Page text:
BERLIN (Reuters) - Germany’s federal cyber-security agency, BSI, said on Friday the private email inboxes of German executives and government employees were being targeted by professional cyber attacks.
Selected executives are being sent deceptively real-looking “spear-phishing” emails. They claim to have noticed irregularities in the use of the inbox or offer new security functions, the BSI said in a statement.
Germany is heading for elections in September, and security experts have warned that officials might face cyber attacks like those that occurred before elections in France and the United States over the past year.
The attacks identified by BSI ask users to click on a link and put their passwords into the website that then opens. If they do, the attackers can get access to their personal inbox.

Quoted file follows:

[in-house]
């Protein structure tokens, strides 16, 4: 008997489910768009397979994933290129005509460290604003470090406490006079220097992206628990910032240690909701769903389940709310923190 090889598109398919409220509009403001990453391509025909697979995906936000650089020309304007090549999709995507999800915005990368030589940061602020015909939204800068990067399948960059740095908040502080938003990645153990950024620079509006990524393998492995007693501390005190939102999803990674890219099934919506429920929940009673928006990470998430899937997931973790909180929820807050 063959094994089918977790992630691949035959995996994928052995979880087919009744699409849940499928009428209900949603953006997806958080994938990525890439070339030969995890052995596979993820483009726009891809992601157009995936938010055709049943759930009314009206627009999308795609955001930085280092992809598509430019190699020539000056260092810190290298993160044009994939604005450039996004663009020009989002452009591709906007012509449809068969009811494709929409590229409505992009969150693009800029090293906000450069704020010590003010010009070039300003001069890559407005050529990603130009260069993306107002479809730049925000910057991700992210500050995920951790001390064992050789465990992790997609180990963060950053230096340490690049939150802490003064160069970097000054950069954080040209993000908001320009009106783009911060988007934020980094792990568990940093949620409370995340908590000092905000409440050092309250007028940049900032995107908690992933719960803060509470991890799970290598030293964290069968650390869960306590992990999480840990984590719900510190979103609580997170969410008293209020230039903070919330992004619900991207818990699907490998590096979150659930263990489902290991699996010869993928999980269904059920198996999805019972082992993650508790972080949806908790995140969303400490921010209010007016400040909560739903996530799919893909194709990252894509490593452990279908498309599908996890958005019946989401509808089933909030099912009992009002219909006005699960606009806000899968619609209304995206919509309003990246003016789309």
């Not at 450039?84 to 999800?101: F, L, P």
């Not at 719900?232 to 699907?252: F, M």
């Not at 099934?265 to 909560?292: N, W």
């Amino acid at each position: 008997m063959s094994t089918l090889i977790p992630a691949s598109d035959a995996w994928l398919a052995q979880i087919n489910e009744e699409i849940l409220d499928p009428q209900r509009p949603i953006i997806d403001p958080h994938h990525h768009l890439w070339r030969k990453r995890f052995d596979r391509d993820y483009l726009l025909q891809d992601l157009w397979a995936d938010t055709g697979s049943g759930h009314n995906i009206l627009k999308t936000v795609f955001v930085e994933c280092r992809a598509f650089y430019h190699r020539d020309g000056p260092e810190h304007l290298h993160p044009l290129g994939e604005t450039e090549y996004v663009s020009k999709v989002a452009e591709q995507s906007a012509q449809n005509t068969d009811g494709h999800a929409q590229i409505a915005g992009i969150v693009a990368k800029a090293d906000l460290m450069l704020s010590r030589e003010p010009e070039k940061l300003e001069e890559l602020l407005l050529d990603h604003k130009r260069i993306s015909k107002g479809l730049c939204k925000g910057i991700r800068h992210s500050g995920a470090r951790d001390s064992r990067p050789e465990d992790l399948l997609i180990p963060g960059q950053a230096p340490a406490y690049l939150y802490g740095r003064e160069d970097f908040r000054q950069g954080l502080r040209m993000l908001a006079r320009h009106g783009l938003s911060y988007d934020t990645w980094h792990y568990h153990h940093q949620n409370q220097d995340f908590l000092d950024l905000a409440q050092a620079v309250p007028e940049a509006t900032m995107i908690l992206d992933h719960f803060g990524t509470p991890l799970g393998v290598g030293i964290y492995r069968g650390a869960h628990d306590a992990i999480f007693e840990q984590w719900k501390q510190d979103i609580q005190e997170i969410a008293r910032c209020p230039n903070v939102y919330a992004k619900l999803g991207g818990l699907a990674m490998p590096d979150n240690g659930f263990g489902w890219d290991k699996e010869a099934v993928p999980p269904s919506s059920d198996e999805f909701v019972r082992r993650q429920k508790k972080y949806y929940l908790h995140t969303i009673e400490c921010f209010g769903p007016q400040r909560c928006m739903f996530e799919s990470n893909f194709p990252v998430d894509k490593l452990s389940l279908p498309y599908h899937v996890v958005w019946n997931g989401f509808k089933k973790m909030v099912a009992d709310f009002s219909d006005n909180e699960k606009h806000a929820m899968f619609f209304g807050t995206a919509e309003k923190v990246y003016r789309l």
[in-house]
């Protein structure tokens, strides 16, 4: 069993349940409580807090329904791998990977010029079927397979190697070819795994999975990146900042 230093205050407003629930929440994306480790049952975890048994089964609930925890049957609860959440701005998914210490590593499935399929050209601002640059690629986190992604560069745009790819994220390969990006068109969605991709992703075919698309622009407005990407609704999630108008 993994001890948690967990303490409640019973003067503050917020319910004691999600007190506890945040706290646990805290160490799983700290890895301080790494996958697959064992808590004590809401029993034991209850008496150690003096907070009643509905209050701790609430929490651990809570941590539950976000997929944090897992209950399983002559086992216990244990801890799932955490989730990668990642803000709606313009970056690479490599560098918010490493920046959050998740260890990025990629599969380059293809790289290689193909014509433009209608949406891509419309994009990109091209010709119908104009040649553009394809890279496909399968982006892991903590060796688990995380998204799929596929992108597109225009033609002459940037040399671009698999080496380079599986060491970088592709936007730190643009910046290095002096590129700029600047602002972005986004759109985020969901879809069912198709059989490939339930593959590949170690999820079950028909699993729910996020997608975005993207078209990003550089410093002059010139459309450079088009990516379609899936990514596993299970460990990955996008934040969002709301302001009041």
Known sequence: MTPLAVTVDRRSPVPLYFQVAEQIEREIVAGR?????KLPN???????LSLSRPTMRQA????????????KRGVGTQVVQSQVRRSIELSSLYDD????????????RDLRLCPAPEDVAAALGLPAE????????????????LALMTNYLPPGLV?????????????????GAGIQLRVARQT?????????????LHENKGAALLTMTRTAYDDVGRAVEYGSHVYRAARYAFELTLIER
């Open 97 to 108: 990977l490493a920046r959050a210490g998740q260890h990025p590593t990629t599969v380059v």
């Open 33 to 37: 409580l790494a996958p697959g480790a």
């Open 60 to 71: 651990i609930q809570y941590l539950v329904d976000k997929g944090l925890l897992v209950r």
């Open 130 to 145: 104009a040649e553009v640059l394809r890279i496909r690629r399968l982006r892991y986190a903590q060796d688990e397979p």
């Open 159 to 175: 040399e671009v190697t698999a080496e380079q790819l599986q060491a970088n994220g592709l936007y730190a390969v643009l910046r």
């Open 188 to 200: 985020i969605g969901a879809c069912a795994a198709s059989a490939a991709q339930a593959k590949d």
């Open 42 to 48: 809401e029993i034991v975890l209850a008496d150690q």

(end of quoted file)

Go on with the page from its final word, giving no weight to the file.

Yahoo and Gmail accounts were targeted in the attacks. The BSI said it had prevented an attack on the government networks.
BSI President Arne Schoenbohm said the BSI generally could detect such phishing attempts, but private email inboxes were beyond its remit, which made them an attractive target.
“The attack infrastructure used is similar to that used in the attacks on and resulting leaks from the Democrats in the U.S. and against the French En Marche movement,” the BSI said.
U.S. intelligence agencies have concluded Russia orchestrated a wide-ranging influence operation that included email hacking and online propaganda, in an effort to discredit presidential candidate Hillary Clinton and help Donald Trump win the White House in November.
The German government has warned political parties to step up their defences against hacking after emails from the campaign of Emmanuel Macron were leaked just before he was elected president of France.
Reporting by Michelle Martin, editing by Larry King